BC’s new Rose Valley WTP opens after wildfire damage delay

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Rose Valley
The three-storey, 5,100-square-metre plant was built on a 9.7-hectare city-owned property that will serve some 18,000 residents. Photo Credit: City of West Kelowna

Following minor delays from wildfire damage to a reservoir and chlorinator, British Columbia’s Rose Valley Water Treatment Plant is now in the first phase of delivering up to 70 million litres of drinking water per day to the City of West Kelowna. 

The opening of the $75-million plant marks the completion of the largest infrastructure project in the city’s history. The three-storey, 5,100-square-metre plant was built on a 9.7-hectare city-owned property that will serve some 18,000 residents.

“This is a landmark day and Council and everyone at the City of West Kelowna are very excited to share the excellent news that former Lakeview System users are receiving clean, safe, and reliable water,” announced Mayor Gord Milsom in a statement.

Following the McDougall Creek Wildfire recovery efforts, local officials worked with the Interior Health Authority to begin safely delivering water from the new plant. The rollout will occur from Rose Valley in two phases through November and December. The later portion of the rollout will occur for the West Kelowna Estates System and Sunnyside/Pritchard System, which is recovering from a Do Not Consume Order related to the wildfire. These systems also required larger diameter transmission mains, valving and pump alterations, and connections to existing reservoirs to connect to the new plant, said local officials.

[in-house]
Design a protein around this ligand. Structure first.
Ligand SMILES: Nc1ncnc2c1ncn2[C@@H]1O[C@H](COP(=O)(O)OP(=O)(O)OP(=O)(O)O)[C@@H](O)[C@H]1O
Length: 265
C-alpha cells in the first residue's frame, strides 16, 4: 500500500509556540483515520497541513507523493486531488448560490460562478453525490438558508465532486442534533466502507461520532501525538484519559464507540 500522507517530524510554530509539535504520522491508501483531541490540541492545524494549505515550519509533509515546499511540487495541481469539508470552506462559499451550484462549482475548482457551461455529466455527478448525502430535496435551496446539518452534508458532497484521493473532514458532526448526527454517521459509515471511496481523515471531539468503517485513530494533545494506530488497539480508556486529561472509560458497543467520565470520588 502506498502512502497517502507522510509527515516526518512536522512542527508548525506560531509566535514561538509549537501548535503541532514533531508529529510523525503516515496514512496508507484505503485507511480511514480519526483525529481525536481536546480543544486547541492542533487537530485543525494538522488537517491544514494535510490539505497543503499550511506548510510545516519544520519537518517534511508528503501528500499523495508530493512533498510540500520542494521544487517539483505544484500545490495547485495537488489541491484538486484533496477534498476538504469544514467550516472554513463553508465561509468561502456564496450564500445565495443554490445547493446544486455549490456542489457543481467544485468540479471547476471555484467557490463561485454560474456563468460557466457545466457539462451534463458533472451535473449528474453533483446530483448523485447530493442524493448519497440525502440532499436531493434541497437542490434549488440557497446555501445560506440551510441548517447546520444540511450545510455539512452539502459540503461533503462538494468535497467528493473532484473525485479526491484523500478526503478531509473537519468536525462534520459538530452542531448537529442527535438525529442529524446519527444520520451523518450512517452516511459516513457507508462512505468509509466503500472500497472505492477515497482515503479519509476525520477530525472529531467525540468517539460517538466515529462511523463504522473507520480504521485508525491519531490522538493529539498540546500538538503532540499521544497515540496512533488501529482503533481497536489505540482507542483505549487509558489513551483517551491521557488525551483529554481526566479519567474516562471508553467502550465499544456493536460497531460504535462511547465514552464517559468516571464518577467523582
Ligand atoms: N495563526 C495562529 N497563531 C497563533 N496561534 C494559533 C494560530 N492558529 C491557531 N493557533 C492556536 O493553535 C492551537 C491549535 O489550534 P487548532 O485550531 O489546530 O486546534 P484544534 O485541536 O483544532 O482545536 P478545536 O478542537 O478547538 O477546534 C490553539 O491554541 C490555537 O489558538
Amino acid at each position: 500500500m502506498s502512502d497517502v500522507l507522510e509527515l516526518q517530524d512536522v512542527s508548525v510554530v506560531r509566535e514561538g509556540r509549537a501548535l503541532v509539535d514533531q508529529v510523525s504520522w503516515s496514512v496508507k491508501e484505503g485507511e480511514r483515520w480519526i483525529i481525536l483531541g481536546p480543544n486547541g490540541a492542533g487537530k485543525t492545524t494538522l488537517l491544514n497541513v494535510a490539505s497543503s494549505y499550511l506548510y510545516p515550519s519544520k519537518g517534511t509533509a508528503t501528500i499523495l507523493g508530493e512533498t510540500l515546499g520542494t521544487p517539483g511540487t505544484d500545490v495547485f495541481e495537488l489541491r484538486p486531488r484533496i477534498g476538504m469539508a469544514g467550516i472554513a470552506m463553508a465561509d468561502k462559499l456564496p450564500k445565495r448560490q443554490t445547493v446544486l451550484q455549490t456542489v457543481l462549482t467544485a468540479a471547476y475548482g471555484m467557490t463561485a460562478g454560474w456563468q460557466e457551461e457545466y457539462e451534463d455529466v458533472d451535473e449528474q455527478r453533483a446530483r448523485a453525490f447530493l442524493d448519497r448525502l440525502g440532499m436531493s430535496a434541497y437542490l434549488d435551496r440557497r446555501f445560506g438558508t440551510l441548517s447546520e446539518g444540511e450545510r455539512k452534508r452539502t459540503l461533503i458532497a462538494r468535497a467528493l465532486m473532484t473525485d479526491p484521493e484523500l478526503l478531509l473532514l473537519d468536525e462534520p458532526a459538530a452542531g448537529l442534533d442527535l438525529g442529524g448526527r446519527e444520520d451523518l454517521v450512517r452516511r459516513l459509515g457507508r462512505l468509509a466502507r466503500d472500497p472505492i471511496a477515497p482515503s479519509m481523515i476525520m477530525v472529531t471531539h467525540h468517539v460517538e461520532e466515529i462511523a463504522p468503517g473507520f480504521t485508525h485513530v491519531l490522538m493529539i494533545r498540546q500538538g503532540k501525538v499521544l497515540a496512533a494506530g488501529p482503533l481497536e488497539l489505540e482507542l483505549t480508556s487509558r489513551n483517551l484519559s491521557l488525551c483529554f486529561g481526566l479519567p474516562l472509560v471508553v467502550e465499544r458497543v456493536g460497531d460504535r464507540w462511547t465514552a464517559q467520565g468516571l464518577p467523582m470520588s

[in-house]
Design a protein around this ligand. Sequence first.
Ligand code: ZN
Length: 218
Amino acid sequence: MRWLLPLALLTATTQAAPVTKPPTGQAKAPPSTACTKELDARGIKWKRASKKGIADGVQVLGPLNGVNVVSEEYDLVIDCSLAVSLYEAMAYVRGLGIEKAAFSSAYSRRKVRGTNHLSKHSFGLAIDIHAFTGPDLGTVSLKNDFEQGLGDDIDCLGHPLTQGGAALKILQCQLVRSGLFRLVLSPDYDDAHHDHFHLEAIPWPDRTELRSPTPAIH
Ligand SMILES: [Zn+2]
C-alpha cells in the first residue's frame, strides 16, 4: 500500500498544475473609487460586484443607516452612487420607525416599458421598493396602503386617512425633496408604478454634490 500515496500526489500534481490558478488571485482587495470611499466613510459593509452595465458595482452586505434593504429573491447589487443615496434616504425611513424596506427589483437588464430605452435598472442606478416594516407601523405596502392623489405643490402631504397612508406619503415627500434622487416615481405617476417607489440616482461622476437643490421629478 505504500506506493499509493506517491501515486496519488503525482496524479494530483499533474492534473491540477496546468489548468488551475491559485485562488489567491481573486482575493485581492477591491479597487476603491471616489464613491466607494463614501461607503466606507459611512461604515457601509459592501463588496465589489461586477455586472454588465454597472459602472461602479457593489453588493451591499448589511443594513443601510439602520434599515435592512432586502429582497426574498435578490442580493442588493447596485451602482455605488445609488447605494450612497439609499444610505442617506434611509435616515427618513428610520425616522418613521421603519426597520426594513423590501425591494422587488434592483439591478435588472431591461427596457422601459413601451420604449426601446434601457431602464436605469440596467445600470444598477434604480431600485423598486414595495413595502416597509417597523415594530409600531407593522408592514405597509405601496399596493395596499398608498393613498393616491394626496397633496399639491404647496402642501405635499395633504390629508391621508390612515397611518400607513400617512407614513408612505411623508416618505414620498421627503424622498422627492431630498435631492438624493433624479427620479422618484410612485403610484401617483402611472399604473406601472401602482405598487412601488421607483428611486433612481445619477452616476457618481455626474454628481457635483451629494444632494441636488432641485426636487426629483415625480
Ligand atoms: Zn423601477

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Watch: Rose Valley Water Treatment Plant fly-over video

Additional testing and flushing will be required at times, which will need to continue when the plant opens.

In March 2021, the City of West Kelowna awarded the construction of the main treatment plant building and treated water reservoir to Maple Reinders.

The plant has a future expansion capacity of up to 115 million litres per day. 

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